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The Gish Prize Honors Sonia Sanchez for Inspiring Change Through the Power of the Word

By Christian Coleman

Sonia Sanchez
Author photo: Jim Alexander

You know who ranks supreme on our list of national treasures? Poet, educator, and activist Sonia Sanchez! Know this if you haven’t known it already.

Ms. Sanchez won another lifetime achievement award, the Dorothy and Lillian Gish Prize. Two years ago, she won the Anisfield-Wolf Lifetime Award. The Gish Prize is given each year to “a highly accomplished artist from any discipline who has pushed the boundaries of an art form, contributed to social change, and paved the way for the next generation.” This has Ms. Sanchez written all over it. A founder of the Black Arts movement and, as Maya Angelou dubbed her, “a lion in literature’s forest,” she has been dedicated to the causes of Black liberation, social equality, and women’s rights. She has more than earned it. The prize comes with a $250,000 cash award.

In response, Ms. Sanchez said, “What an honor it is to receive this award, most especially since we as a country are attempting to answer the most important question facing us: what does it mean to be human? I promise, as other artists do, that I will continue to write and talk about the importance of answering this question—the importance of celebrating the beauty of the world and its people.”

We had the honor of Ms. Sanchez inviting our director, Helene Atwan, and our publicist, Perpetua Charles, to the award dinner in New York City last month. Helene shared a moment of the wonderful event on Twitter.

For the past three and a half years, Perpetua has worked as Ms. Sanchez’s publicist and finally met the luminous and revolutionary poet for the first time in person at the dinner. On Instagram, she wrote that Ms. Sanchez “is an extraordinary person, and I am lucky to have this connection with her and our culture’s history.” We will never forget this night!

The full scope of her achievements in poetry across the decades shines in her latest book, Collected Poems. Beginning with her earliest work, including poems from her first volume, Homecoming (1969), through to 2019, Ms. Sanchez has collected her favorite work in all forms of verse, from Haiku to excerpts from book-length narratives, as well as poems written especially for youth and young adults.

This moment in our history sees young people especially passionate about social change. Young people like poet Amanda Gorman. To this day, we’re still thinking about Ms. Gorman delivering her poem “The Hill We Climb” at President Biden’s inauguration. That’s what you call fire! Ms. Sanchez’s writing encourages current and future generations of artists, activists, leaders, and advocates for justice to stand up for what they believe in. Collected Poems will inspire love and community engagement among her many fans and introduce new lovers of poetry to one of the greatest American poets in history.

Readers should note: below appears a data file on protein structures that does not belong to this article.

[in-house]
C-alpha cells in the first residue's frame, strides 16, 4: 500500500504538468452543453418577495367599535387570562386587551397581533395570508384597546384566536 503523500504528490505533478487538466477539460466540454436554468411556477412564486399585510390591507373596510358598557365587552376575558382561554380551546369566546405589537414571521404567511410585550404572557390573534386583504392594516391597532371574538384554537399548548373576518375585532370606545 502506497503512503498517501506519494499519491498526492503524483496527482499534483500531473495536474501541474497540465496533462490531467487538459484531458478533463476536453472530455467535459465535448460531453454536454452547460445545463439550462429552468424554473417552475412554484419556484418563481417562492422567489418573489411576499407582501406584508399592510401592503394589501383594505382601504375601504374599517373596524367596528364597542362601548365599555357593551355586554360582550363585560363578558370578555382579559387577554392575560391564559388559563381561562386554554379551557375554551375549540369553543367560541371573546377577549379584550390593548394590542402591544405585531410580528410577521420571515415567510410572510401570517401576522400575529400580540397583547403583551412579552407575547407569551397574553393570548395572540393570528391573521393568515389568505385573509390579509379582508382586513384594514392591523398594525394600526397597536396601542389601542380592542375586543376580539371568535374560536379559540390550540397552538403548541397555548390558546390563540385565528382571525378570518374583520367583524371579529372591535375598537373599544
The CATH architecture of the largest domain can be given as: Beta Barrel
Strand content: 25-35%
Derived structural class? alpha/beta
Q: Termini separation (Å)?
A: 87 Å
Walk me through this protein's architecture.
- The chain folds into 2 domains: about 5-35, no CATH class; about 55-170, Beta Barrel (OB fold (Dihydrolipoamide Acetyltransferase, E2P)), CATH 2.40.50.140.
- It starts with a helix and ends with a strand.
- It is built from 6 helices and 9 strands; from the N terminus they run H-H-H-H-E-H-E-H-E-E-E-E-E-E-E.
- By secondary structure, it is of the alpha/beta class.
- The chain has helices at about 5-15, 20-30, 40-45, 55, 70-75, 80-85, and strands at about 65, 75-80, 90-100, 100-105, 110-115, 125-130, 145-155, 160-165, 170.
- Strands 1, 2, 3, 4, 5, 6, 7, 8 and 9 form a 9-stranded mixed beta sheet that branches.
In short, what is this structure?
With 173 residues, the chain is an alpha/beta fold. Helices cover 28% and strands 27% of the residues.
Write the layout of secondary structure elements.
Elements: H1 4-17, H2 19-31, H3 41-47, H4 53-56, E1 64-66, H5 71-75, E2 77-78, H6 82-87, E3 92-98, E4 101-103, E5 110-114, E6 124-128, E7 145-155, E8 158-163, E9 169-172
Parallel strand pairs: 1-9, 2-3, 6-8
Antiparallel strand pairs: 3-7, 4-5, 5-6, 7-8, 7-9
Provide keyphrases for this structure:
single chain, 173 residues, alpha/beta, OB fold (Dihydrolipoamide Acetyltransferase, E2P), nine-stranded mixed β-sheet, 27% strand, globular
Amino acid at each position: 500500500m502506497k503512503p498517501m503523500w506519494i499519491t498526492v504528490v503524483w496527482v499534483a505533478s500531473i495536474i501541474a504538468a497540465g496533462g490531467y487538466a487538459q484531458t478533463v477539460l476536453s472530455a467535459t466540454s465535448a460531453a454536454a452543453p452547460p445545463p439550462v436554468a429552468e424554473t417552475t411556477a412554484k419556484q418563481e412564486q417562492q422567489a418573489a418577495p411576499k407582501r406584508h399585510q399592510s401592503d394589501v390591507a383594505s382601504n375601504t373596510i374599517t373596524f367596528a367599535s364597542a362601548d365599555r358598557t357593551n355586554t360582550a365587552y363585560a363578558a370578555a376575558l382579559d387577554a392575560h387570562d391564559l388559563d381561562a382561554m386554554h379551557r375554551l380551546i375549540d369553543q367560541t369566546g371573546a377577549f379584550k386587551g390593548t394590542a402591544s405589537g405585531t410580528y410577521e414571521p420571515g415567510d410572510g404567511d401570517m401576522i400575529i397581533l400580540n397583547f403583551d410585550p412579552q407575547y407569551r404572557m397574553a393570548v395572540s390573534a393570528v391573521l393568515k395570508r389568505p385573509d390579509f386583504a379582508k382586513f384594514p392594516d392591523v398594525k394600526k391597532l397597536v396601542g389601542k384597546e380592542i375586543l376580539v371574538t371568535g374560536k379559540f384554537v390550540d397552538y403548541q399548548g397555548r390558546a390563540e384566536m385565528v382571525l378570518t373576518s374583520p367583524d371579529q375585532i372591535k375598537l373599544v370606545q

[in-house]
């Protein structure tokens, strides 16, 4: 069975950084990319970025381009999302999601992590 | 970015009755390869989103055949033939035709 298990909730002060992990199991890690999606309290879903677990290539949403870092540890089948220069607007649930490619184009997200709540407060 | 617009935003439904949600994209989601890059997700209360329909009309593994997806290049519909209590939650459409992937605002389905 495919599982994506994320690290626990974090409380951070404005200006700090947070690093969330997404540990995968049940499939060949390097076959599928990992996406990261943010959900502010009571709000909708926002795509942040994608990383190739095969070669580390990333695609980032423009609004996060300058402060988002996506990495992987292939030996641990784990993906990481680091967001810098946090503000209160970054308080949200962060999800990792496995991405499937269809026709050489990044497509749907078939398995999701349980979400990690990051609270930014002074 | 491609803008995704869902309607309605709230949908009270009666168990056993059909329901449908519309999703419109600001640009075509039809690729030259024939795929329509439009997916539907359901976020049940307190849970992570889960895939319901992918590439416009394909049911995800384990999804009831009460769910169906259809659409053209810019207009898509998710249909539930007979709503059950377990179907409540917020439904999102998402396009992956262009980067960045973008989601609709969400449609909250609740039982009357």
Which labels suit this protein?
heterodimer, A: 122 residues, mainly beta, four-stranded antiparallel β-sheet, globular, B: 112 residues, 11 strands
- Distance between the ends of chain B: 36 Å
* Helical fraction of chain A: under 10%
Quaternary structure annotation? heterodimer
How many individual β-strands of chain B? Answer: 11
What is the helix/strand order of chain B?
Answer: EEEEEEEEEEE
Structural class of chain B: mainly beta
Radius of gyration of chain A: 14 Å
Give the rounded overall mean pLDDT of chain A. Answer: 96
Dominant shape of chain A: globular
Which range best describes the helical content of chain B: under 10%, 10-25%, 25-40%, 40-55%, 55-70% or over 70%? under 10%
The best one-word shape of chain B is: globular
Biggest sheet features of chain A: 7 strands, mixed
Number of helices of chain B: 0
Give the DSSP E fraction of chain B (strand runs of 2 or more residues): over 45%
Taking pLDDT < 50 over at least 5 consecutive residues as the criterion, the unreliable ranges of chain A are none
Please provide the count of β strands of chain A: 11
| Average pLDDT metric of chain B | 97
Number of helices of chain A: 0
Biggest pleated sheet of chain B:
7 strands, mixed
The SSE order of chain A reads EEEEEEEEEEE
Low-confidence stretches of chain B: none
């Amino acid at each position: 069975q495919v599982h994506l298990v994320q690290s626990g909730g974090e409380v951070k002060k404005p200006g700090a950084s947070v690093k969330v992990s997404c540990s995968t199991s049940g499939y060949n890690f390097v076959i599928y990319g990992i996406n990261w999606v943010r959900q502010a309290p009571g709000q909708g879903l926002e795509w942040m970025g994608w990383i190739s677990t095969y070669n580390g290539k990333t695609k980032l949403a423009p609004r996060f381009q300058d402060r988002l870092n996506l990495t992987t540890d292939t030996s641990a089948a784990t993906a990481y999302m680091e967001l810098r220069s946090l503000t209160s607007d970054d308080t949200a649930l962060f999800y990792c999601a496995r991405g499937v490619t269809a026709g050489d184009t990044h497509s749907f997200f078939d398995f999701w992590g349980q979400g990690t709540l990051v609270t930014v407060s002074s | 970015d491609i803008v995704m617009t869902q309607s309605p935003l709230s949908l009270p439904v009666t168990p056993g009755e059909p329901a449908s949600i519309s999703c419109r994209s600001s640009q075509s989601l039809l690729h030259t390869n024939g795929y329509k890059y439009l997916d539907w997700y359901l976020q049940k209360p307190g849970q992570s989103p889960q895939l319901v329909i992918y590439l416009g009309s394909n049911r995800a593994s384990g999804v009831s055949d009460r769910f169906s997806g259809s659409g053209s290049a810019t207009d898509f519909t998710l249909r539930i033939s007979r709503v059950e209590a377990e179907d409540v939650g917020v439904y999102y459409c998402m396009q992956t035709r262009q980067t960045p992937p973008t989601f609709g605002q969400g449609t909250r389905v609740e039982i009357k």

Now Ms. Sanchez isn’t one to rest on her laurels. Poetry is as essential to her as is breathing. She still has verses upon verses to compose. As she had told Philadelphia Magazine, she isn’t done with us yet: “I’m an 86-years-of-age woman whose work continues, and it will continue to my last breath. This is how I have moved on this Earth. I have tried to move on this Earth in a righteous way.”

Let’s give it up for Ms. Sanchez! We join our applause with these awesome people:

“This world is a better place because of Sonia Sanchez: more livable, more laughable, more manageable. I wish millions of people knew that some of the joy in their lives comes from the fact that Sonia Sanchez is writing poetry.”
—Maya Angelou

“Her songs of destruction and loss scrape the heart; her praise songs thunder and revitalize. We need these songs for our journey together into the next century.”
—Joy Harjo

“The poetry of Sonia Sanchez is full of power and yet always clean and uncluttered. It makes you wish you had thought those thoughts, felt those emotions, and, above all, expressed them so effortlessly and so well.”
—Chinua Achebe, Nobel Prize laureate

“Sonia Sanchez remains one of the most read, respected, and visible figures of the Black Arts Movement.”
—Amiri Baraka

“No one can read your work, Sonia, and not realize that you have always had us on your mind, in your heart, and in those small tensile fingers of your writing hand; in your voice crafted and designed for more than the ear: for the aorta, the spine, and the soles of our feet. You have spoken for us . . . Written for us . . . Sung to us . . . How much in your debt we are.”
—Toni Morrison 


About the Author 

Christian Coleman is the digital marketing manager at Beacon Press and editor of Beacon Broadside. Before joining Beacon, he worked in writing, copy editing, and marketing positions at Sustainable Silicon Valley and Trikone. He graduated from Boston College and the Clarion Science Fiction & Fantasy Writers’ Workshop. Follow him on Twitter at @coleman_II.